The Suns nearly burst into flames. The league made it through all of last season without a coach fired. Three games into this season, Earl Watson received a pink slip, his young Phoenix team having been outscored by 92 points in a trio of losses. After that third defeat, point guard Eric Bledsoe revealed he didn’t want to be there (at the hair salon, of course) so the Suns shut him down as the front office publicly explored trade possibilities. The Bucks gave up Greg Monroe and a pick to add Bledsoe and fill their biggest positional need. And the Suns, well, they’re still bad, but they’re less of a laughingstock under interim Coach Jay Triano.
Young freaks are getting scarier. Giannis Antetokounmpo, Kristaps Porzingis and Joel Embiid have taken the leap from future stars to Yikes, how do we stop these guys? The sobering answer might be injuries. Porzingis, averaging nearly 25 points, has been slowed by ankle and knee issues — minor but enough to raise the question of whether a 7-foot-3 human can make it through an 82-game season. The 76ers care for the oft-injured Embiid as if he’s a precious piece of art, which isn’t far off if your idea of aesthetics is back-to-the-basket dominance combined with agility and shooting. His performance in a November win against the Lakers — 46 points, 15 rebounds, seven blocks, seven assists — provided a tantalizing glimpse of his ceiling. Antetokounmpo has been healthy throughout his career, and averaging a career best 29.6 points on 54 percent shooting, so teams are still researching that above question about potentially stopping him.
This rookie class is primed to deliver another wave of stars. Top pick Markelle Fultz played a handful of games before a mysterious injury absence, and No. 2 pick Lonzo Ball’s inaccurate shooting has prevented him from living up to unfair expectations. Each might thrive in time, but already, less heralded rookies have emerged as future all-stars. Tatum, Markkanen, the Jazz’s Donovan Mitchell, the Mavericks’ Dennis Smith and L.A.’s other first-rounder, Kyle Kuzma, highlight a deep class with plenty other immediate contributors.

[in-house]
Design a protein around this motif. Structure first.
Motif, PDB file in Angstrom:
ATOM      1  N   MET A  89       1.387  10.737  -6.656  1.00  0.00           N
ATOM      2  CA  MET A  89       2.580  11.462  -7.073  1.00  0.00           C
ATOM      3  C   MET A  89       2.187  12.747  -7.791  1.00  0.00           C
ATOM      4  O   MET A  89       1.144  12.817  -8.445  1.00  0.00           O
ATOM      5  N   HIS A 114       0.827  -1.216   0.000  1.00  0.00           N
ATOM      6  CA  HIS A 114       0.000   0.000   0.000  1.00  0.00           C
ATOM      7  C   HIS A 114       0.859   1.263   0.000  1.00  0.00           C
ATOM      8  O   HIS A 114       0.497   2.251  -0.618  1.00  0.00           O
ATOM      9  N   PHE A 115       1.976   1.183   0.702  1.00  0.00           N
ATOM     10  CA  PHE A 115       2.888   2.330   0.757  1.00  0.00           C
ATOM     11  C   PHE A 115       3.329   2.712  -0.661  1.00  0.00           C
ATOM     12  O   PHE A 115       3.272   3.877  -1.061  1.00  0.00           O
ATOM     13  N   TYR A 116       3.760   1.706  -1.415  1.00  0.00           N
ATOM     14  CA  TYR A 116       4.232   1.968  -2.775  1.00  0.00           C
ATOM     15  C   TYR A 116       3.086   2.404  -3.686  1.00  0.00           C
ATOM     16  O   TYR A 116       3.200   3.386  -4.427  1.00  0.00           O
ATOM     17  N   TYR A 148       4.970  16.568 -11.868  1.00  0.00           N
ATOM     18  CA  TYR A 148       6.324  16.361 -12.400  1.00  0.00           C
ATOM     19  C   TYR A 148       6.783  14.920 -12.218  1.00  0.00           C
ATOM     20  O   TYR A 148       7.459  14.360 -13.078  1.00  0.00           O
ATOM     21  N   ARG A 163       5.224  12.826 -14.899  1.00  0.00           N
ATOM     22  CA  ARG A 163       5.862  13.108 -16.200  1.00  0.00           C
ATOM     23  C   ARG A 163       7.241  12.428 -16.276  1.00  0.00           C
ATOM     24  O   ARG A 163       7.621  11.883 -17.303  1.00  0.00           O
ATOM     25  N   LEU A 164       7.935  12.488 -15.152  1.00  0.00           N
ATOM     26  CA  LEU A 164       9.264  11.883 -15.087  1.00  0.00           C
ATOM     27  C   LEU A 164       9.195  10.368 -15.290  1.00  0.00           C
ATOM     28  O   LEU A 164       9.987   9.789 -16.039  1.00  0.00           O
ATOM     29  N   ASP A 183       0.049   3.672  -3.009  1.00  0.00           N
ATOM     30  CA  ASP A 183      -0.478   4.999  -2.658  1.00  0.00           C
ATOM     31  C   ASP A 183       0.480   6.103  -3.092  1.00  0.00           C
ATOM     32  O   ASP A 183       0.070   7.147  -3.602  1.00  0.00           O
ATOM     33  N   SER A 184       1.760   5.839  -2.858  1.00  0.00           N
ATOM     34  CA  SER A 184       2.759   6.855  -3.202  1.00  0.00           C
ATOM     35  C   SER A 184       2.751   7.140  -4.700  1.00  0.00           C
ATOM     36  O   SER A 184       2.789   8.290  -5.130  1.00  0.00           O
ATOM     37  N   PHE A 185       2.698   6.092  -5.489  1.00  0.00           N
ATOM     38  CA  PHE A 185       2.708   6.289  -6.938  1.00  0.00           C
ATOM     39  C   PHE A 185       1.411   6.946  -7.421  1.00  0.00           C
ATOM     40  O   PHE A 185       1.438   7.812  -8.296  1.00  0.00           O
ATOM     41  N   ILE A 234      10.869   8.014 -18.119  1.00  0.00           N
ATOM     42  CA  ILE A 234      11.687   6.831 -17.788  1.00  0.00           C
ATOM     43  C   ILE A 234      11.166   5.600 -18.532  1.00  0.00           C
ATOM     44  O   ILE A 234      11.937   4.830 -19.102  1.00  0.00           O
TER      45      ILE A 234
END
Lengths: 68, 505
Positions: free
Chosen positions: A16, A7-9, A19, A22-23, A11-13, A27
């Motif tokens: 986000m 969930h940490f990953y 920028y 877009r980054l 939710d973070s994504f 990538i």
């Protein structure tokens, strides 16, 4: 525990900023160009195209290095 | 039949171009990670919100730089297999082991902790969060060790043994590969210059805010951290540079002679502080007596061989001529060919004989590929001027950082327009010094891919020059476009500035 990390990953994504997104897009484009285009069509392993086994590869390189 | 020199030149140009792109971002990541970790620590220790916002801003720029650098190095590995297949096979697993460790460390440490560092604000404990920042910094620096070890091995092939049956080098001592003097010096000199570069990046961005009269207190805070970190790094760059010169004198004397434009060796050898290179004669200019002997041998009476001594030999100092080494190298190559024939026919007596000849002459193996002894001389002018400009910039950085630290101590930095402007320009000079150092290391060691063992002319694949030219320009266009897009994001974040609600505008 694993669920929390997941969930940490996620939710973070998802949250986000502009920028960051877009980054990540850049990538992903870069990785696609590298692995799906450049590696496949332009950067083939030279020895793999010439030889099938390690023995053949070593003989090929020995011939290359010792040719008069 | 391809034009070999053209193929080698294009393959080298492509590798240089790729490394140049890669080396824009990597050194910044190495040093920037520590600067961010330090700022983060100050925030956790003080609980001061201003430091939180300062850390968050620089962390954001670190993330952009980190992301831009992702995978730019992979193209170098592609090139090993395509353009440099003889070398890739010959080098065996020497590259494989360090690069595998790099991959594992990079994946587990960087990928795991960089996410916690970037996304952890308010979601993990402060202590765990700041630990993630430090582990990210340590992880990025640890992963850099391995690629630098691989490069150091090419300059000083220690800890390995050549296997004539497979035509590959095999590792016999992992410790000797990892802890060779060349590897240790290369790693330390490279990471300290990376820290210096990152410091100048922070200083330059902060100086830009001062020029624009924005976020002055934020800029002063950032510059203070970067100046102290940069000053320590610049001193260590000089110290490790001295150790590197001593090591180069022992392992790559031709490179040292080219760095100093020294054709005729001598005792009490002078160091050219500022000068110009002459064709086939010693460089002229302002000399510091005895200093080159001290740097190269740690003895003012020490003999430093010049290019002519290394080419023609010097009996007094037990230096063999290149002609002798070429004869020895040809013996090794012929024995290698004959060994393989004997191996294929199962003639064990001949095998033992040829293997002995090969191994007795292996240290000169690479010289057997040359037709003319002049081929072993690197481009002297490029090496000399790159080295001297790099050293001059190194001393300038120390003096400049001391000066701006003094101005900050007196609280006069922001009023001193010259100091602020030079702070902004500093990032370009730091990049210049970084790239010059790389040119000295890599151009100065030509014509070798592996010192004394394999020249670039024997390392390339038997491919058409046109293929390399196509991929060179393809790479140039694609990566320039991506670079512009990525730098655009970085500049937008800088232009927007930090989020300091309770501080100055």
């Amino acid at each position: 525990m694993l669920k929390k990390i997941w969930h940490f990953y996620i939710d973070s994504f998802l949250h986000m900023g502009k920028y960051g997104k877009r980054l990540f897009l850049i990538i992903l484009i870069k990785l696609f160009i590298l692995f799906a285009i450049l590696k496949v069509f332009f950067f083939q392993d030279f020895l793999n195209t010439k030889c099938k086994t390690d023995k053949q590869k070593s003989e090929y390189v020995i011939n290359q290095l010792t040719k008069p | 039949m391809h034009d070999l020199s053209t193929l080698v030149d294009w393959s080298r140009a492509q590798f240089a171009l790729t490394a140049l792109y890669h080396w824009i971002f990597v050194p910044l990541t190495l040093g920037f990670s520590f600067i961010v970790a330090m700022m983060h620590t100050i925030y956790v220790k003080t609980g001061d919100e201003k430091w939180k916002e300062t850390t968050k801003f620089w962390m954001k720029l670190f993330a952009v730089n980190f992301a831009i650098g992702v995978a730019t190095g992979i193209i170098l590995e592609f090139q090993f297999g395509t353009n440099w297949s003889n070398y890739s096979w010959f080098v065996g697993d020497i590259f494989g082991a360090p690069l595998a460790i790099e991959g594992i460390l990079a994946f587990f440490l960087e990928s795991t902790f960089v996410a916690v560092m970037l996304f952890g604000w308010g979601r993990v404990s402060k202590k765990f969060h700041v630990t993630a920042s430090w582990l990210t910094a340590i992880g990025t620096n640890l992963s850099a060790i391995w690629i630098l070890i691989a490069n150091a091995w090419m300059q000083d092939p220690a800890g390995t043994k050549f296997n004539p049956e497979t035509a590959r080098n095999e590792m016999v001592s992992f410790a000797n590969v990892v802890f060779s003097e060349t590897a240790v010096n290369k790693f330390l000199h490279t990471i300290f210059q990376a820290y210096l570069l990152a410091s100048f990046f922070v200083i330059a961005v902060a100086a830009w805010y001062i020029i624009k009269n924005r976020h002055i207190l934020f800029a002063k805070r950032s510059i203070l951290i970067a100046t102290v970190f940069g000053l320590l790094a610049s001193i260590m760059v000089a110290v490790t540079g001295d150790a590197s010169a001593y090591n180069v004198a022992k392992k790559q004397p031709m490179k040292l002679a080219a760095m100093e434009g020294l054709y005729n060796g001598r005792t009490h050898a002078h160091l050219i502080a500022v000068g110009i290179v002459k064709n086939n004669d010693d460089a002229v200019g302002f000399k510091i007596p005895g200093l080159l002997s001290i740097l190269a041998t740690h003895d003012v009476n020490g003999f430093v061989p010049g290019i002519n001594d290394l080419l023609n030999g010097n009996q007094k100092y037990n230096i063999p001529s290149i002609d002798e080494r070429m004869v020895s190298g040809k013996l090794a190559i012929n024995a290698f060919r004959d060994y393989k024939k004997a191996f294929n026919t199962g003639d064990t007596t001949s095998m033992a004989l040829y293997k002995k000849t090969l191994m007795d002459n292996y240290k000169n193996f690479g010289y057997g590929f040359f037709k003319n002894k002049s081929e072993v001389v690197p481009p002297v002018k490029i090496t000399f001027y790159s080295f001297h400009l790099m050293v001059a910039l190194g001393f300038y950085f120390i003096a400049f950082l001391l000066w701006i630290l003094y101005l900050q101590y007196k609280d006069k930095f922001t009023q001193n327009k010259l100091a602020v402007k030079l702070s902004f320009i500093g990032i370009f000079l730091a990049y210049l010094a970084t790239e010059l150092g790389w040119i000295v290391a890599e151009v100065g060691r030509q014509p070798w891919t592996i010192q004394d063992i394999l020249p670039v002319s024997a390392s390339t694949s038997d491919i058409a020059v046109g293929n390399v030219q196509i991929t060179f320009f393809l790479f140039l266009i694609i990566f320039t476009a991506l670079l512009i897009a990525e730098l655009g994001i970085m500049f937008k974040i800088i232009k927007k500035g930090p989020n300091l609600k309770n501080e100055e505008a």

The Process is finally bearing fruit in Philly. Not mentioned in the above paragraph is Ben Simmons, a redshirt rookie with one of the most diverse skill sets in the league. The rookie of the year front-runner and potential immediate all-star, has teamed with Embiid and rugged forward Robert Covington to give long-suffering 76ers fans reason to believe that four years of tanking was worth it. Even after a recent swoon, Philadelphia is in contention for a playoff spot and has the pieces lined up to contend for much more over the next decade.
Injuries to stars are wiping out Western Conference teams … except for San Antonio. The Clippers lost Blake Griffin and quickly unraveled. The Jazz has been without Rudy Gobert and is struggling to remain above water. The Grizzlies went into hibernation after Mike Conley Jr. suffered an injury, then surprisingly fired their coach. It’s tough to win out west when your top player isn’t available. Somehow, the Spurs did it. They have gone 21-8 in games without Kawhi Leonard, and now the popular preseason MVP pick is being eased back into the lineup because San Antonio doesn’t rely on any single player.
Toronto is the most interesting team you probably don’t often watch. The Raptors installed a new offense emphasizing three-point shooting, and they’re mastering it quickly. Coach Dwayne Casey uses a loose rotation of 10 or 11 guys as if he’s running a deep AAU team. (None of the players’ parents complain about playing time, though.) Trust in the bench allows reserves to accumulate crucial reps and starters to stay fresh. The Raps are young, versatile and even ethnically diverse. But you can’t catch them on Christmas because they’re left off the holiday slate every year. At 23-8, they’re deserving of national TV placement.